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American Appetite: The Coming of Age of a National Cuisine

American Appetite: The Coming of Age of a National Cuisine

by Leslie Brenner

Winner of the 1999 Versailles World Cookbook Fair Award For Best Culinary History, English Language
In Leslie Brenner's "witty and sumptuous" look at the history of the American food revolution, an award-winning food writer traces a fascinating culinary heritage and looks to a promising future. Hundreds of years ago, Native Americans feasted


Winner of the 1999 Versailles World Cookbook Fair Award For Best Culinary History, English Language
In Leslie Brenner's "witty and sumptuous" look at the history of the American food revolution, an award-winning food writer traces a fascinating culinary heritage and looks to a promising future. Hundreds of years ago, Native Americans feasted on regional ingredients like Olympia oysters, fresh herbs, and wild fowl. Now the best American chefs are returning to those roots. How did we get here? From the Puritan diet to Prohibition, from Julia Child through waves of immigration in the 1960s, Brenner traces the evolution of a national cuisine in delicious detail. Highlighted by interviews with Ameria's leading culinary innovators, including Julia Child, Alice Waters, and Robert Mondavi—and aided by heaping dollops of wit and opinion—Brenner serves up a singular history of American cuisine that will be of deep interest to anyone who loves to eat well.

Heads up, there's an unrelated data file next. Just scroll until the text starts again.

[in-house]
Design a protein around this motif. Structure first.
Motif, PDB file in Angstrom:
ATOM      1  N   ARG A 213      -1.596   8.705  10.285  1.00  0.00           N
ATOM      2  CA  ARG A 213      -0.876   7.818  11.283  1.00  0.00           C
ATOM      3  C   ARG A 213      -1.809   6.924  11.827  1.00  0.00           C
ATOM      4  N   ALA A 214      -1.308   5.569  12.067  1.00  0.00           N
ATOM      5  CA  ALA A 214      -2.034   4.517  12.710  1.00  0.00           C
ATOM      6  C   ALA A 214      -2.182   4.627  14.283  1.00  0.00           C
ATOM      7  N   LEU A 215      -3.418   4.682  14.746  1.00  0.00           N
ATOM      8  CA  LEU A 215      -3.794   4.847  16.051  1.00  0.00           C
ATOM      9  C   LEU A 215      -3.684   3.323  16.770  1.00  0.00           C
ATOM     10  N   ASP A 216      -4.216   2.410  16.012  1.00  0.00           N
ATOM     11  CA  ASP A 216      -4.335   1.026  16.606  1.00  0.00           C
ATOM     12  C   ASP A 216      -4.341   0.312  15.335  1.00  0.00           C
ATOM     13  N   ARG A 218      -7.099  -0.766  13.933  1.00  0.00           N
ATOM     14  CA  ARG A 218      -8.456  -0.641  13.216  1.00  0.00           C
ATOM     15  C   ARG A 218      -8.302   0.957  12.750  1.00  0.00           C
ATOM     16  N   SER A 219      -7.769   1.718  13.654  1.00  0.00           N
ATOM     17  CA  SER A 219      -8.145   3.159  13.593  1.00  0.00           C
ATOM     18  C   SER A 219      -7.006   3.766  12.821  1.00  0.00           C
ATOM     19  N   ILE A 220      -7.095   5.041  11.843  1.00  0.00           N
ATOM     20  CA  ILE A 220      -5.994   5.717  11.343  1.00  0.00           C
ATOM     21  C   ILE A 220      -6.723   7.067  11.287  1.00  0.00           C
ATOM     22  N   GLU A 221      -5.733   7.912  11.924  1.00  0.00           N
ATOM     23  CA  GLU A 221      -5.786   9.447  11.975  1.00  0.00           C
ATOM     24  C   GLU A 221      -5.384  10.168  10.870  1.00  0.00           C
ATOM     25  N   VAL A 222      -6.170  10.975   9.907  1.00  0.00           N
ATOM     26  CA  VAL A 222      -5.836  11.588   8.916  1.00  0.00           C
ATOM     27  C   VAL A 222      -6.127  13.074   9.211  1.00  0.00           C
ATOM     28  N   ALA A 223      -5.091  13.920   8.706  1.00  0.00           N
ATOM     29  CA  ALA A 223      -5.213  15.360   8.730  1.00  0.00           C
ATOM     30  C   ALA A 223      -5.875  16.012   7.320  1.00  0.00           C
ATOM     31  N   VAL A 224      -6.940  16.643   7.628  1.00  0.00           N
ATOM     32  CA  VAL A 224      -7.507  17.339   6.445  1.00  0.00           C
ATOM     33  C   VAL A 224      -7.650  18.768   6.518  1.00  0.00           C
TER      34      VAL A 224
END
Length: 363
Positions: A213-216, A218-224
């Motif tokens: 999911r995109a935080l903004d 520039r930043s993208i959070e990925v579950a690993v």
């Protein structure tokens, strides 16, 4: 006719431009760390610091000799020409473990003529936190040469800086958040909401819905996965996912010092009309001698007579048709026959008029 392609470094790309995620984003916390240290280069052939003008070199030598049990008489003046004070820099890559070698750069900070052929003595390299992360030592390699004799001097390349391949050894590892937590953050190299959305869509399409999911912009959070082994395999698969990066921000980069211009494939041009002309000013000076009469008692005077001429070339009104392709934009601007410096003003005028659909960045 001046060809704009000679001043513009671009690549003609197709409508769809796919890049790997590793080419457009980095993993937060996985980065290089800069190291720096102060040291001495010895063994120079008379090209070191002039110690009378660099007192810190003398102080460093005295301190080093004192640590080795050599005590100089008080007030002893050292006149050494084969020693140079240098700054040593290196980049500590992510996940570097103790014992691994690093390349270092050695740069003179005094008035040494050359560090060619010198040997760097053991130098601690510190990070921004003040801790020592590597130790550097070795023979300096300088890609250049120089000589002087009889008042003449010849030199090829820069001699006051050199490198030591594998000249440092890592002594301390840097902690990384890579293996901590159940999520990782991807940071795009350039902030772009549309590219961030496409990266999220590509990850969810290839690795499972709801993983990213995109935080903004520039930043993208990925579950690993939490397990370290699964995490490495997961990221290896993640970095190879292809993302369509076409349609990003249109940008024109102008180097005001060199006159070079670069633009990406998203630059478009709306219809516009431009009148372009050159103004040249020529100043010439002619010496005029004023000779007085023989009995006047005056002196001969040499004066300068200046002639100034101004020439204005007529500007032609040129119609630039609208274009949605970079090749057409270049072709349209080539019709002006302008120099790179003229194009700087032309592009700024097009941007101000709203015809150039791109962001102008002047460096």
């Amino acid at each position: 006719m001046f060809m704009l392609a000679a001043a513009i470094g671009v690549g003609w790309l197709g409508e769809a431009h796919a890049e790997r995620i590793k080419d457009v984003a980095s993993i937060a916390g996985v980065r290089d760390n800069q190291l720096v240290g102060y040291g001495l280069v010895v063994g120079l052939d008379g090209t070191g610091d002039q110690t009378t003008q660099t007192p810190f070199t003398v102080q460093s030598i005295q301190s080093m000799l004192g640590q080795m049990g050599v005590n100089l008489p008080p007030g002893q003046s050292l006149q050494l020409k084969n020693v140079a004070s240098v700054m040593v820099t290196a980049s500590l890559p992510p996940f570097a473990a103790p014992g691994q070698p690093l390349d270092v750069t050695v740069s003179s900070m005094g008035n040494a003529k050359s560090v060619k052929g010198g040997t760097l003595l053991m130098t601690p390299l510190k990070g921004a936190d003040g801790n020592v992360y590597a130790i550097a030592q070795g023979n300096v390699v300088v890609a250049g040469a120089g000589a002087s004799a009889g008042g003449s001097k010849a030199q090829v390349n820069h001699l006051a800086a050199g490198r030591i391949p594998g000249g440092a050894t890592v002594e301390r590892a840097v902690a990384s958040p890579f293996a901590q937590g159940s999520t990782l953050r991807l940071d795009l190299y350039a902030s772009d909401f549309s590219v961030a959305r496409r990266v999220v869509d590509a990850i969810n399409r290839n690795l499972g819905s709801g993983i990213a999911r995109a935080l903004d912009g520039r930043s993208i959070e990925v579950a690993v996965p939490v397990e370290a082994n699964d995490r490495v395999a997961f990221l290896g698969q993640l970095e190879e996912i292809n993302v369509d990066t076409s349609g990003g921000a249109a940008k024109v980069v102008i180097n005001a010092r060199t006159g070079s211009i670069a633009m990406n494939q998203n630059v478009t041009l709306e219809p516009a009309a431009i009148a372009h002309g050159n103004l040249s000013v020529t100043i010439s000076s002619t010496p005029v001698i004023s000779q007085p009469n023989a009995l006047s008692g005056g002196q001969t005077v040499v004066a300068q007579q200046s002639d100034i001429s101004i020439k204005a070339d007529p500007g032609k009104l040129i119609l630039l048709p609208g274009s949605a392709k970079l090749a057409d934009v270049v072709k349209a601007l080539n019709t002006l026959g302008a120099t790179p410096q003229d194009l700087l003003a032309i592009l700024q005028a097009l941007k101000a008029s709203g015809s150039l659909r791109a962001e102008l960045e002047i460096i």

Editorial Reviews

Colman Andrews
A good, smart look at what's been going on in our markets, kitchens and dining rooms...informative, occasionally admonitory and thoroughly delicious.
Associated Press
Lots of food for thought...an award-winning food writer looks at what American cuisine is and what it may become.
Entertainment Weekly
A meticulously researched history of American food that details everything from the tenets of nouvelle cuisine to the cult of fresh-food guru Alice Waters.
Bon Appetit
Lively and informative and will certainly make you laugh...Brenner sees our food tastes in terms of historical or sociological perspective...interweaving the personal and anecdotal in her text.
...[D]evelops both the history of gourmet cooking in America...and a review of current [food-related] social trends....[C]ontains no recipes...
Publishers Weekly - Publisher's Weekly